|Date(s):||March 13, 1867 to April 16, 1867|
|Tag(s):||Economy, Urban-Life/Boosterism, War|
|Course:||“Rise And Fall of the Slave South,” University of Virginia|
During March and April, 1867, John Rice, the President of the National Bank of Atlanta arrived in the Cherokee Gold Belt of Georgia to investigate the quality of recently mined minerals. He declared the beauty and high value of the gold and quartz specimen qualities. Rice's arrival in the Gold Belt reflected the rapidly growing interest in the mining of minerals in Georgia. Many had declared Georgia mineral rich, and resulted in much interest from many areas. Since the Civil War, the investment of 10 million had already provided for the cost of 400,000 for flumes, and the development in new hydraulic mining techniques.
The Gold Belt spanned the distance of 300 miles from the boarder of Alabama to the Carolinas. People had known about the presence of gold, silver, copper, and other valuable minerals since 1829 when John Witheroods had discovered gold in Georgia, which resulted in thousands of intruders on Cherokee land. The Gold Rush in Georgia resulted in the establishment of a mint at Dablonega, but the Civil War brought its destruction. The Gold Rush had gradually died out because primitive mining methods failed to reach the inexhaustible mineral supplies other than those easily accessible. Slaves had done most the mining by hand, but with the end of slavery and the need for investment, new mining technology developed.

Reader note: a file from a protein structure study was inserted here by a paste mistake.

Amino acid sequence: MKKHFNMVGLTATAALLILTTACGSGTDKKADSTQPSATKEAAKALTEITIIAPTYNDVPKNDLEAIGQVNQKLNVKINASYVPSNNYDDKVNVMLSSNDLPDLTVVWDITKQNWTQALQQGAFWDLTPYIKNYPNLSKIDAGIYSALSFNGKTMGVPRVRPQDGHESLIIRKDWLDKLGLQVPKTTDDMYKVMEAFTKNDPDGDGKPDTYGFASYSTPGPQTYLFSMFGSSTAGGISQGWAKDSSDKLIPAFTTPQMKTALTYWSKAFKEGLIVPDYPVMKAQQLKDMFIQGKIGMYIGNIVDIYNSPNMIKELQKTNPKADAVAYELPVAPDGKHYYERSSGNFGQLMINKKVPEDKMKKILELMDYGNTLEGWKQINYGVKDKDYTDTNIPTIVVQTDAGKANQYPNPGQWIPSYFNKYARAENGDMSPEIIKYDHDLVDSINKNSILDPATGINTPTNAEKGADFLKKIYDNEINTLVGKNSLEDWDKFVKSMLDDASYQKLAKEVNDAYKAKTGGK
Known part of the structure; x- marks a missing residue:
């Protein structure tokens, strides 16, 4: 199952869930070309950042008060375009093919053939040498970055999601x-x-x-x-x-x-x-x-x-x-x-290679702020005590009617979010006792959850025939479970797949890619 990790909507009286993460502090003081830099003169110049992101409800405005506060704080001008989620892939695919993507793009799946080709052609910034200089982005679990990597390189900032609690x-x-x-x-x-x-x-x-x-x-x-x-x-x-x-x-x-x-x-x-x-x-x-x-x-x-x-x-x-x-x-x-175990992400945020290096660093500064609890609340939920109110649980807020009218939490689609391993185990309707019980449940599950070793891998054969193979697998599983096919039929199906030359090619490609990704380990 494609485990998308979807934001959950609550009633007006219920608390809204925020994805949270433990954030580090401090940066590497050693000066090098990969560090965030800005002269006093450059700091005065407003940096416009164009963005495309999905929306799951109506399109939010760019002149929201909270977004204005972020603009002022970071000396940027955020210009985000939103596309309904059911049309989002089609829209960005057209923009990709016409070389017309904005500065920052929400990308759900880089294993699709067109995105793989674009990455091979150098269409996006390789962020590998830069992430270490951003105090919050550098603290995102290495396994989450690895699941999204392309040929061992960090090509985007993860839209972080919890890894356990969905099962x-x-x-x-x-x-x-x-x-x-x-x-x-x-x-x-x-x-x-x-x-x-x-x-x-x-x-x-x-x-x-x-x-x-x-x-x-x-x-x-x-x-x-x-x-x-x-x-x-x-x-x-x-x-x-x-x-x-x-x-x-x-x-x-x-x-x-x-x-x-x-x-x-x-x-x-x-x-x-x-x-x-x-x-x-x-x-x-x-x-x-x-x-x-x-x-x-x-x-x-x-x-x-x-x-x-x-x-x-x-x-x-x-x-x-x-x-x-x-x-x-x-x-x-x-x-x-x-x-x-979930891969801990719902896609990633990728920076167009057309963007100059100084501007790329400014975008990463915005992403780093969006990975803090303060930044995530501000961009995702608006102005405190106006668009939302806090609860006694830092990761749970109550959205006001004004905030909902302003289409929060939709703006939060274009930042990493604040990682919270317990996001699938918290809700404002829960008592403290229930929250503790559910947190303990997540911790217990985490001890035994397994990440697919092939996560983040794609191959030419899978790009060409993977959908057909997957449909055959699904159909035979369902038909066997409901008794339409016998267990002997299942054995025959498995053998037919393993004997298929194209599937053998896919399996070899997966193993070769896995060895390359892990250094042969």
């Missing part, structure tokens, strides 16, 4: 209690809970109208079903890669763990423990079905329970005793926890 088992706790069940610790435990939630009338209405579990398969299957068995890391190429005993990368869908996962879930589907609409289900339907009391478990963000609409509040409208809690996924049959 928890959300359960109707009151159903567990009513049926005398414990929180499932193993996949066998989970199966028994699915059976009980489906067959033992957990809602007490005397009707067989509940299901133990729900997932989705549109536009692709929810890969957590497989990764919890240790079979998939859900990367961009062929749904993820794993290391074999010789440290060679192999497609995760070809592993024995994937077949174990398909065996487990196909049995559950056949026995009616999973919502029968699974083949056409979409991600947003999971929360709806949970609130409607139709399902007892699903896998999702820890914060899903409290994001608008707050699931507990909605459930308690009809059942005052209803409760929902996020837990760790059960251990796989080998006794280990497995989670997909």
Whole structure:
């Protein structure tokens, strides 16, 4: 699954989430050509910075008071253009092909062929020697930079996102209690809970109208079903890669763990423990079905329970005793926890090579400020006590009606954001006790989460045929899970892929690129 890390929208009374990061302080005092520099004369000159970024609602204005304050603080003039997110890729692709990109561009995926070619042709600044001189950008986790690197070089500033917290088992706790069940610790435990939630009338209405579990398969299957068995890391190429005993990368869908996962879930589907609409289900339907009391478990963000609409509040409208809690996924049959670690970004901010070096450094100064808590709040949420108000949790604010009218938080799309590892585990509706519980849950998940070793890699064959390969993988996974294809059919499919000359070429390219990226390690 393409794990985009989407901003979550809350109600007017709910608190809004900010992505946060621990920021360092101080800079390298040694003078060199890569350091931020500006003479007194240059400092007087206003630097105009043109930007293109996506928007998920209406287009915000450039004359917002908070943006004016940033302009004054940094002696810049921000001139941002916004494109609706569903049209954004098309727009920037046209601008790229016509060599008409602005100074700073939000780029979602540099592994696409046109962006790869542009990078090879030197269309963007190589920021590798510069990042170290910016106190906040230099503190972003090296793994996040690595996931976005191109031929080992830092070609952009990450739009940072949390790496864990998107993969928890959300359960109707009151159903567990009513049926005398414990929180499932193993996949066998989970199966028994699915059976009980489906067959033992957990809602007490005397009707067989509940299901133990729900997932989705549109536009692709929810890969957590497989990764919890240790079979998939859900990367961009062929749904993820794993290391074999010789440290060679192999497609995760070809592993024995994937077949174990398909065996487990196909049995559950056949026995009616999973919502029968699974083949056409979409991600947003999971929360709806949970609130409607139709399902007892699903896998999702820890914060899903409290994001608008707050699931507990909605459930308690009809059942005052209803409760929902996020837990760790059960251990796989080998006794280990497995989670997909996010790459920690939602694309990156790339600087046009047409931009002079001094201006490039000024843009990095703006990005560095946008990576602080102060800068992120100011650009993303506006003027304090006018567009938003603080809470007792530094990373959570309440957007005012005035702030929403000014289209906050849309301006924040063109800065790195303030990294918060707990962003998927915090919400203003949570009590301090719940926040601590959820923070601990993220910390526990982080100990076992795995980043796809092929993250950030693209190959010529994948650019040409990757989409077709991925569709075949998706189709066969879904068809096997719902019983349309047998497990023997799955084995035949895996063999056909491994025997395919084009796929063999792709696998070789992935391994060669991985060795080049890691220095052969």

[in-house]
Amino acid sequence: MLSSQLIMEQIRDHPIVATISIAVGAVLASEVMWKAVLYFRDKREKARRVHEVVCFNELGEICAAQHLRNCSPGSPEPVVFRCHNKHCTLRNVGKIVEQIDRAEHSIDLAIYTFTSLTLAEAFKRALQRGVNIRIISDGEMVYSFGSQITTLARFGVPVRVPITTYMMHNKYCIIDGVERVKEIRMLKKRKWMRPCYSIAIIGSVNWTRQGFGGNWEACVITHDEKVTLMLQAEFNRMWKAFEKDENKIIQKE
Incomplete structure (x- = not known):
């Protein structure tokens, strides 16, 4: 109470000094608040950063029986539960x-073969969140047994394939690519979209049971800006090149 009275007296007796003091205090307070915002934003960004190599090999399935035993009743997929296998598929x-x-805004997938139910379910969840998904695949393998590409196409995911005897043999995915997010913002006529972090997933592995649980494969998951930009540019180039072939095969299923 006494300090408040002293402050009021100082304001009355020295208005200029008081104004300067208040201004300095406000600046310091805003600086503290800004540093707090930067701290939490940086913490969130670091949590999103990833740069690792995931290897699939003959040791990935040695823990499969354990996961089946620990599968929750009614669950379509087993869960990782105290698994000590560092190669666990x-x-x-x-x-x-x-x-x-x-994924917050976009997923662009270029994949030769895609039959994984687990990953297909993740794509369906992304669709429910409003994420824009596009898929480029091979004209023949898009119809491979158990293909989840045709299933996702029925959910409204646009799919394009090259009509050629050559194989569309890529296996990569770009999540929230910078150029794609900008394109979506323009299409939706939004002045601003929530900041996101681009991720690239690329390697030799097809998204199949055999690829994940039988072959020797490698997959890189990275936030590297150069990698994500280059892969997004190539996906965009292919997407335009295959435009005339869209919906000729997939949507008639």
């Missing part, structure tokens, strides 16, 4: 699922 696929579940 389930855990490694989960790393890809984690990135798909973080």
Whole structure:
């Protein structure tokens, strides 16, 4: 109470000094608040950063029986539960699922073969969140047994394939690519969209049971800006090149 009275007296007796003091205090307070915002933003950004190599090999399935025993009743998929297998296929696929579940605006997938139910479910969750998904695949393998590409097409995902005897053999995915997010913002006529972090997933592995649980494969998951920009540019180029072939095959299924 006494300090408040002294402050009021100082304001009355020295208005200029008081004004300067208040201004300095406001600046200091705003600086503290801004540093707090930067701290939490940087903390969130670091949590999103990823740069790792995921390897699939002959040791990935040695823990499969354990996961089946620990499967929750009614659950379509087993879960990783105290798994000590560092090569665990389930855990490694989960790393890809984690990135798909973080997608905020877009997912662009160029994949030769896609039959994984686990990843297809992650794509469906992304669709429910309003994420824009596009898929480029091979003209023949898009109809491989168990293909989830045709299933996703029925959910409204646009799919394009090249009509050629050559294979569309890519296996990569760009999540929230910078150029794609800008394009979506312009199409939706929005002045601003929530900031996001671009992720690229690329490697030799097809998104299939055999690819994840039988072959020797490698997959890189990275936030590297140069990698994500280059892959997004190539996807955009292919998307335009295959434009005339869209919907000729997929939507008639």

The eagerness to develop mining in Georgia resulted from the poor state of the post-Civil War economy. Although many still placed hope in the revival of cotton farming, the cotton fields lacked much opportunity. Georgia, hit with economic depression in 1867 and a bad cotton crop, had no means to pay war indemnity, taxes and the high level of personal and public debt, or to reinstate itself into the market economy. People hoped the mining of minerals would bring economic revival, as mines would provide jobs and investment, pulling Georgia, especially the poor people of the mountains, out of their backward, impoverished state. The revival in mining did succeed in bringing millions of dollars of investment. Atlanta, especially prospered from it. As the natural outlet for the mining region, Atlanta established the new mint, and saw the development of 3000 houses, and a population growth of 30,000. However, despite the romantic hopes of everyday men simply waking up to find 50,000 worth of gold, the gold mining in Georgia failed to help the poor, but helped the rich get richer.